Despite changes in the healthcare field and multiple surveys finding an increase in physician burnout, almost all doctors say they’re satisfied with their choice to become physicians, according to a new survey from the American Medical Association.
The AMA said it collected responses from 1,200 physicians, residents, and medical students. Around 90 percent said they’re satisfied with their career choice. A much lower number, 61 percent, said they would encourage others to make their careers in medicine.
“Physicians may be discouraged at times, but almost every single one of us remains confident in our decision to enter medicine and continues to be driven by our desire to help our patients,” AMA president Andrew Gurman said in a press release. “As an organization, the AMA is constantly striving to deliver resources that empower physicians to maximize time with their patients and help them succeed at every stage of their medical lives. Understanding the challenges physicians face, as well as their motivations for continuing on, is critical to fulfilling that mission.”
A larger physician survey conducted by the Physicians Foundation in 2016 found a far more pessimistic outlook: 80 percent of its 17,000 respondents said they felt overextended or at capacity, 54 percent reported somewhat or very low morale about the profession and almost half said they felt burnt out.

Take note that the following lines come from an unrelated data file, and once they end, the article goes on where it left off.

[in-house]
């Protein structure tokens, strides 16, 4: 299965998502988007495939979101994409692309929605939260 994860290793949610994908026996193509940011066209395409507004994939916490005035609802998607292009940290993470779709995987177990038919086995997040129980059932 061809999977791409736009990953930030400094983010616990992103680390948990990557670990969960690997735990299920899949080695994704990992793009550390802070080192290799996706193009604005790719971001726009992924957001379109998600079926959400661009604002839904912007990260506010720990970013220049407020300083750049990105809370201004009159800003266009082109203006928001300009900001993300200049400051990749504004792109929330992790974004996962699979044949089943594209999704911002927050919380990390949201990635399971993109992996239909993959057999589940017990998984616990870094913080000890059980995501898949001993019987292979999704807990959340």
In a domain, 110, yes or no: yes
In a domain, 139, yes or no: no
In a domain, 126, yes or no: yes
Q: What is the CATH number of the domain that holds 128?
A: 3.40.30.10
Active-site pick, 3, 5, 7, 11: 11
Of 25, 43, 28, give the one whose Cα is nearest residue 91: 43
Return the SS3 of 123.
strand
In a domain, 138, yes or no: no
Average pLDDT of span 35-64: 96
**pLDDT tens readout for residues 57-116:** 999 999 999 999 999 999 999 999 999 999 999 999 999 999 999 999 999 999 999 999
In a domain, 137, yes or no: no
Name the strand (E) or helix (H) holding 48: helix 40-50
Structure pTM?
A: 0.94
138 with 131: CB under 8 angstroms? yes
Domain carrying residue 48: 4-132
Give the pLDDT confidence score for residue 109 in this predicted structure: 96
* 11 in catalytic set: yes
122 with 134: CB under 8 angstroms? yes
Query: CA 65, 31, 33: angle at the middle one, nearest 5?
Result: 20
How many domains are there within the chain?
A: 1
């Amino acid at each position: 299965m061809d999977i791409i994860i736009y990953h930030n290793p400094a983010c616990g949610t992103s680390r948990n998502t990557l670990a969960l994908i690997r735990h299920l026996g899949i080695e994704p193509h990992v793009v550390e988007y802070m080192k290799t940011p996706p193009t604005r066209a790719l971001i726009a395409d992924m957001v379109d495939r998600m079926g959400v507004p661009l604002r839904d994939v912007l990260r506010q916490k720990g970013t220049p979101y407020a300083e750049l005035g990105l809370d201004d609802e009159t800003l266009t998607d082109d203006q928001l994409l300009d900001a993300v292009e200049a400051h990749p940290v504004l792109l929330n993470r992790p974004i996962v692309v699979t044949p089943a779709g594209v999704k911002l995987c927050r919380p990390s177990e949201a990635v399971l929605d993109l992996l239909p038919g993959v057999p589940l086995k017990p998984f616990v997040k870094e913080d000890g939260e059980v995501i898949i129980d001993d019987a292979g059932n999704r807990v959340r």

Those issues weren’t absent from the AMA survey. The top three challenges among respondents were those same problems: administrative burden, stress and lack of time. Among residents, the results were slightly different, with a larger proportion indicating long hours and the on-call schedule being among their top challenges.
Among the other interesting findings of the survey, 75 percent of respondents said their primary motivation to enter the field was “helping people.” Many current physicians said they had decided on their career path early on in their lives: 73 percent of respondents knew before they reached the age of 20 that they would become physicians, and nearly a third knew before becoming a teenager.